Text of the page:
Part of our Focus on: People and the Planet
This series explores how climate change and other planetary imbalances impact the rising trend of human inequality. Explore the potential solutions to eliminate inequality and support a healthy planet.
The European Green Deal is the flagship policy from the European Commission under President Ursula von der Leyen, aiming to achieve net-zero greenhouse gas emissions by 2050. It is an ambitious plan for Europe to be a more resource-efficient, competitive economy. The European Parliament approved the European Climate Law in May, giving a boost to the ambitions of the European Green Deal.
Yet Europe alone cannot deliver on the deal. In seeking to ensure the continent is climate-neutral, it must work with global partners.
To go fast, go alone; to go far, go together
The European Green Deal is a global one that needs Africa to make it work. The text of the deal says drivers of climate change and biodiversity loss are international and not limited by country borders. Von der Leyen and Werner Hoyer, president at the European Investment Bank, said in March that action beyond European borders is necessary. They jointly called for a “Global Green Deal” to ensure the increase in Earth’s temperature is as close to 1.5 degrees Celsius as possible.
The starting point of this global approach has been to export the European Green Deal to Africa. The European Union's top diplomat, Josep Borrell, was in Ethiopia in October to promote closer links with the African Union and was met with skepticism when selling the deal — primarily because of the mindsets that are driving the false choice between development and green issues.
A sense that Europe was dictating what Africa should do was also adding to the problem. Von der Leyen's call in April for Africans to create an “African Green Deal” may not have helped this impression.
Without adequate empowerment and African ownership of sustainable goals and targets, leaders on the continent will continue making decisions that rank short-term benefits above long-term growth.—
The European Green Deal’s success depends on recognizing that Africa — with its abundance of biodiversity — plays a pivotal role and that its countries are, in fact, critical partners in any climate change response. In the case of the EU, this entails working in partnership with Africa toward a sustainable development model for the continent that delivers on the European Green Deal.
Why the European Green Deal needs Africa
Biodiversity makes a crucial contribution to both climate change mitigation and adaptation. It also provides essentials such as food, clean air, and shelter. Protecting biodiversity can help us all adapt better to climate change.
Africa is home to eight of the 34 most biologically rich places in the world. Yet the number of animals and natural resources are in sharp decline. Estimates suggest that “overexploitation and degradation of the biodiversity ecosystems will result in the loss of 50% of Africa's bird and mammal species, and 20-30% of lake productivity by the end of the century, as well as decline of wildlife and fisheries.”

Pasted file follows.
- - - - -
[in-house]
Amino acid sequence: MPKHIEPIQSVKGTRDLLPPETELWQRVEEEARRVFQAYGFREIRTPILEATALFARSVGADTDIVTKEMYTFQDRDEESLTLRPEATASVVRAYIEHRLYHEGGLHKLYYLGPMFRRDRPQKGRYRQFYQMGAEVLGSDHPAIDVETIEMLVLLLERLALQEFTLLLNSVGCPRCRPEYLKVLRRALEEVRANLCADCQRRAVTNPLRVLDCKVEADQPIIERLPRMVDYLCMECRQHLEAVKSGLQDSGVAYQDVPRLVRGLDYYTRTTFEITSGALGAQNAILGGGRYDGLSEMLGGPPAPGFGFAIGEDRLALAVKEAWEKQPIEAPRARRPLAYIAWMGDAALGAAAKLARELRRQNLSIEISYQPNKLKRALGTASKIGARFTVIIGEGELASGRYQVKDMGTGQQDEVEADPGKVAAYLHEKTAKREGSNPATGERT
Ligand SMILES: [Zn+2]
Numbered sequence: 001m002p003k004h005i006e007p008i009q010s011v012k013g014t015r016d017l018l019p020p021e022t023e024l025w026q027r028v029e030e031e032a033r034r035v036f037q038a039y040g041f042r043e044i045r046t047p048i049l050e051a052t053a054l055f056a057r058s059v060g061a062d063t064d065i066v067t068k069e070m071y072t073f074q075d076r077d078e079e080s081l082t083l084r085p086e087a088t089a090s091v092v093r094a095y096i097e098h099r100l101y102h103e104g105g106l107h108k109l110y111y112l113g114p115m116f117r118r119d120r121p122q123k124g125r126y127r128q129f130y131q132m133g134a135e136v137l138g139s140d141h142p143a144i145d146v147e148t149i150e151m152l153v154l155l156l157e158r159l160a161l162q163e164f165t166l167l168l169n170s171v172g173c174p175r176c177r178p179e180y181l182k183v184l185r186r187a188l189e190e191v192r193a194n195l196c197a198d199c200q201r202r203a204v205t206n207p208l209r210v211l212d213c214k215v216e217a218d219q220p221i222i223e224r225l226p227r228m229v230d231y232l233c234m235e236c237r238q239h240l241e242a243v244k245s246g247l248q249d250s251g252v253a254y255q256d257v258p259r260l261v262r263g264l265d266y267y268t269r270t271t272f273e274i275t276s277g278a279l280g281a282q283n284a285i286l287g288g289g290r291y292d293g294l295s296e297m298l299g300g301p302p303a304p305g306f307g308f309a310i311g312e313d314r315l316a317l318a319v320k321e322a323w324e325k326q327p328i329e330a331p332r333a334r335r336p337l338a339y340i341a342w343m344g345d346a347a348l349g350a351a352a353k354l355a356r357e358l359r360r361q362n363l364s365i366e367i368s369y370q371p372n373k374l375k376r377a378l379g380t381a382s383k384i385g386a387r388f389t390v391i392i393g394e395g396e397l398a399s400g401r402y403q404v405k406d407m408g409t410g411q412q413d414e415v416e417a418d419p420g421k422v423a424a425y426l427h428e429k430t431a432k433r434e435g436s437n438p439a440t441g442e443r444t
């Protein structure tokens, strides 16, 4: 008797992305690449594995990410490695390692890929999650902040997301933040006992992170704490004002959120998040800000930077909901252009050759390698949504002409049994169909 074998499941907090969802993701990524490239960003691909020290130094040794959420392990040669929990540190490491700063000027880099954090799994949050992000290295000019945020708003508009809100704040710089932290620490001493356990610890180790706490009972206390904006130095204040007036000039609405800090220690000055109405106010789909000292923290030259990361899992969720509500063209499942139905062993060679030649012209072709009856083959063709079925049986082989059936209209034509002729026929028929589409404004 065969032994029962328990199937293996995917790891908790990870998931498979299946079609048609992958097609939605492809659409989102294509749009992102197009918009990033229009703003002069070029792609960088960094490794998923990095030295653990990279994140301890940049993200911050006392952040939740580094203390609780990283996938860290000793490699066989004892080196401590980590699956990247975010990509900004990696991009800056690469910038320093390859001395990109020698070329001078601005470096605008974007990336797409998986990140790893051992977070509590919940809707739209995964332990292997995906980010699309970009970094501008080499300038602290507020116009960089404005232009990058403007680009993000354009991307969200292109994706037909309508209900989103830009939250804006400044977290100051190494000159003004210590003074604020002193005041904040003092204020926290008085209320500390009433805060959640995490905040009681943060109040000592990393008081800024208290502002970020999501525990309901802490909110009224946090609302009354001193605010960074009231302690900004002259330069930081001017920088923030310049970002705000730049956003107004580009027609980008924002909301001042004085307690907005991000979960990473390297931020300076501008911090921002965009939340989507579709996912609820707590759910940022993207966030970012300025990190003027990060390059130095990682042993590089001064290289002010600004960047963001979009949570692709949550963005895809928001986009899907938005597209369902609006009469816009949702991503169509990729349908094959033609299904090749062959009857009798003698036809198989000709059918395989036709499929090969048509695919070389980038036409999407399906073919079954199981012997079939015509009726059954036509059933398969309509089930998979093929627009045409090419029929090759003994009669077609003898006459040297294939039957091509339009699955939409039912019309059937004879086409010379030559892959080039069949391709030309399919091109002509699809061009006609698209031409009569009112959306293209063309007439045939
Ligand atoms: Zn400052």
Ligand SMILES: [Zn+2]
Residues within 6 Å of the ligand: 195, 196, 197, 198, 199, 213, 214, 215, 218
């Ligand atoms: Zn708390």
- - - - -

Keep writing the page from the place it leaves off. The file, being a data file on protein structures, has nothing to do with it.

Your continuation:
Africa and Africans are therefore critical players in the race toward climate change mitigation and adaptation, as well as delivering on the European Green Deal.
Providing more space for African-led solutions in decision-making can help address this overexploitation and degradation of ecosystems, leveraging Indigenous knowledge and experience with nature. This may also help in avoiding false starts between Europe and Africa in the future. We need a relationship that acknowledges and harnesses African voices beyond government platforms to inform decision-making and policies.
Whereas leaders are taking many of the proper steps to attract financial capital for development, they are frequently less cautious about preserving Africa's natural wealth. This extends to poorly planned agriculture, settlements, infrastructure development, and resource extraction, which drive the degradation of forests, rivers, and grasslands.
The resulting habitat loss and fragmentation threaten the ecosystems upon which people and wildlife depend. Without adequate empowerment and African ownership of sustainable goals and targets, leaders on the continent will continue making decisions that rank short-term benefits above long-term growth, which is unsustainable and, if not addressed urgently, will stray from the intended results of the European Green Deal.
The decisions that African leaders make over the next 10 years — including on economic infrastructure, urbanization, transport systems, energy sources, and food security — are going to determine what will be left of the biodiversity and ecosystems that are so essential for the European Green Deal to succeed.
A key part of collaborating on the deal involves ensuring that the economic growth model adopted by Africa does not come at the expense of the environment.
Therefore, it is important to find alignment between European and African agendas. I believe in the unlimited potential of Africans to lead on solutions for the continent and to work shoulder to shoulder with partners such as the EU to achieve real, lasting outcomes.
This focus area, supported by the U.N. Development Programme, explores how climate change and other planetary imbalances impact the rising trend of human inequality and vice versa. Visit the Focus on: People and the Planet page for more.